I support the idea of a Christian coronation. Only 19 per cent of people [in a recent ComRes poll] thought that a Christian coronation would alienate people of non-Christian faiths from the ceremony, while only 22 per cent of people from a religious minority agreed that it would alienate them. I believe that many British Muslims feel the same way as me. We, like others, respect the traditions of our country, and would not see it as alienating if that Christian tradition continued.” He added: “The idea of Christian traditions being at the heart of the coronation is an affirmative sign that religious traditions play an important role in our nation’s key ceremonies.” He does think that the ceremony could involve representatives of other faiths.

No, I don’t believe the (ultimate) Antichrist predicted in the New Testament has been revealed. But I do believe that many Christians (and others) do live under antichrist rule today. In fact, around a quarter of the world’s population does.

John writes: “You have heard that the antichrist is coming, even now many antichrists have come … whoever denies that Jesus is the Christ … is the antichrist – denying the Father and the Son … every spirit that does not acknowledge Jesus is not from God. This is the spirit of the antichrist, which you have heard is coming and even now is already in the world … many deceivers, who do not acknowledge Jesus Christ as coming in the flesh, have gone out into the world. Any such person is the deceiver and the antichrist” (1 John 2:18,22; 4:3; 2 John 1:7).

In the days when John wrote Rome, which persecuted Christians, would have been seen as an antichrist power. Others through history have been in the same tradition. And today there are many antichrists in the world including those who persecute Christians.

Persecution of Christians has greatly increased

A report presented in March 2015 to the United Nations in Geneva by the World Evangelical Fellowship, a global network of 160 million Evangelical Christians, estimated that over 200 million Christians in at least 60 countries are denied fundamental human rights solely because of their faith.

The Pew Research Center found that Christians face harassment and persecution in 102 countries – more than any other religion. Pope Francis commented: “In this third world war, waged piecemeal, which we are now experiencing, a form of genocide is taking place, and it must end.” John Pontifex, a leader in Aid to the Church in Need, a Catholic campaign group monitoring persecution said: “The persecution of Christians is at a level we’ve not seen for many, many years and the main impact is the migration of Christian people. There are huge swaths of the world which are now experiencing a very sharp decline in the number of Christians.” For example, The Chaldean Bishop of Aleppo, has said that “if the war continues, as seems likely . . . all the Christians will leave Syria.”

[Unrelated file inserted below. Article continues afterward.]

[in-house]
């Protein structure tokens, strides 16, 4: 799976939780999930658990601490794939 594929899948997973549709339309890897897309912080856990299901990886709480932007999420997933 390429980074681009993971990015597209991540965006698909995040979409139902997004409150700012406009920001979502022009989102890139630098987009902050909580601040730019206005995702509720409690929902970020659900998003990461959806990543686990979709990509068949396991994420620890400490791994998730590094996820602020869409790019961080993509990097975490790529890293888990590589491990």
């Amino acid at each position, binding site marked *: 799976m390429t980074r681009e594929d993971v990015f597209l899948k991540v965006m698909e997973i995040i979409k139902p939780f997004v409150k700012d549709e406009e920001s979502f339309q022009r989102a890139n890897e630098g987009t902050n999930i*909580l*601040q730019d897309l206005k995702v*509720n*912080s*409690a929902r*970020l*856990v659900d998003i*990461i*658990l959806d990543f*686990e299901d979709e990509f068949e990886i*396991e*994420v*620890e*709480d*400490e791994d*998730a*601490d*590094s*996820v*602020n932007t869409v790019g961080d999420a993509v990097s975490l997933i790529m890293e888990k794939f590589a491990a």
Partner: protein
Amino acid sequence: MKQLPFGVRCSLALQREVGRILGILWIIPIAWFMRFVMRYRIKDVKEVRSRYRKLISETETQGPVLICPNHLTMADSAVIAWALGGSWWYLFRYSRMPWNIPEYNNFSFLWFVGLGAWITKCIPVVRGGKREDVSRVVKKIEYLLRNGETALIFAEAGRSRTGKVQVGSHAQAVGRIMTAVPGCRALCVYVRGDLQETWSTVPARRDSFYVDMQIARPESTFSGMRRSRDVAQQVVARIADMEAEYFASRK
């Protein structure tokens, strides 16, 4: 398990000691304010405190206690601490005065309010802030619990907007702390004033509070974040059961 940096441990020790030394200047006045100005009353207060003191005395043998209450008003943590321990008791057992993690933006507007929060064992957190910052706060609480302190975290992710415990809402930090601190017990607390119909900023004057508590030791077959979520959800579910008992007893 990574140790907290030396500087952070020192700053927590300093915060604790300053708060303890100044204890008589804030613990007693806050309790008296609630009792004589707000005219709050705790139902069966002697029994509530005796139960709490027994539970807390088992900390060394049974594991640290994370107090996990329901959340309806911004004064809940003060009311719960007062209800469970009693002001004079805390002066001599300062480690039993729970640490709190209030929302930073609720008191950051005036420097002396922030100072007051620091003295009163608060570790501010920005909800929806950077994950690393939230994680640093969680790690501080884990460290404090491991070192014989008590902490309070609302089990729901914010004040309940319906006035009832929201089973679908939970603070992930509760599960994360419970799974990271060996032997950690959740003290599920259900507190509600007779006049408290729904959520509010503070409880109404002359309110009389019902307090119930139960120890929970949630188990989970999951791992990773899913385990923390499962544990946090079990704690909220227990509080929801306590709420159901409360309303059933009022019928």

Lisa Pearce, chief executive of Open Doors UK and Ireland said that in general, persecution of Christians is increasing, “and the rate of increase is accelerating.” She added that the nature of persecution has changed: “It used to mean several years in a forced labour camp. Now it means watching your loved ones being beheaded.”

The Pew Research Center concluded: “Restrictions on religion were high or very high in 39 percent of countries. Because some of these countries (like China and India) are very populous, about 5.5 billion people (77 percent of the world’s population) were living in countries with a high or very high overall level of restrictions on religion in 2013, up from 76 percent in 2012 and 68 percent as of 2007.”

The 10 countries who are the worst persecutors

The 10 most dangerous countries for Christians are
• Laos where the government is openly hostile to Christians.
• Uzbekistan where there are raids on churches.
• Iraq where attacks on Christians are growing.
• Yemen which practises Sharia law.
• Maldives where all citizens must be Muslims.
• Somalia which has no effective central government and Christians are in particular danger.
• Saudi Arabia which has no religious freedom. Public non-Muslim worship is banned and conversion to
Christianity is punishable by death.
• Afghanistan
• Iran
• North Korea where being a Christian is one of the worst crimes possible.

A 2014 Aid to the Church in Need report stated that conditions had deteriorated in 55 countries, and significantly so in six countries: Iraq, Libya, Nigeria, Pakistan, Sudan and Syria.

Lord Alton of Liverpool said we will see at least half of the 12 million Christians in the Middle East either gone or killed by 2020.

Persecution in China

Persecution of Christians is at an all-time high in China. One of the reasons is that there are 100 million Christians in China and only 87 million members of the Communist Party. In 1947 there were only 4 million Christians and under Mao tse Tung 500,000 Christians were martyred. Yet the Christian community has grown phenomenally. Since China has a one-child policy for families, this growth has almost all happened as a result of conversions. This seriously worries the Communist government. By 2030 China will have the largest number of Christians of any country in the world.

Persecution in Israel

Sadly, some Israeli extremists have also joined the ranks of persecutors. Benzi Gopstein leads an organisation called Lehava which means “[Organization for] Prevention of Assimilation in the Holy Land. Gopstein has called for the removal of churches from Israel. “We don’t have a place for churches here…. It’s Jewish law. This is what God told us.” He condemned “the state of Israel’s great sin of allowing idolatry – churches and monasteries abounding in the Land of Israel.” In June 2015 the historic Church of the Multiplication of the Loaves and Fish at Tabgha, on the Sea of Galilee was burnt. Sixteen religious Israeli Jewish students were arrested on suspicion of involvement in the arson.

Some Muslims also make life difficult for Christians in the West Bank and the Christian sector of the Old City of Jerusalem. Areas which previously had a majority of Christians now have a majority of Muslims and many Christians have emigrated, partly because of persecution.

We need to pray for our persecuted brothers and sisters in Christ. What they are experiencing is a foretaste of what is to come, as Jesus predicted.

Tofik (not his real name) was taught to hate Christianity, beat Christians and attack churches. Then he was trained and became a prominent Imam in West Africa. However in 2002 he had a dream one night. “In the vision I saw Jesus very clearly telling me to follow him.” He started to attend church. But the local Muslim community set fire to his house, stole his cattle and beat him almost to death. Initially, he took legal action against those who had destroyed his house but then decided to forgive them. He now travels around preaching the Gospel. We must pray for more such conversions.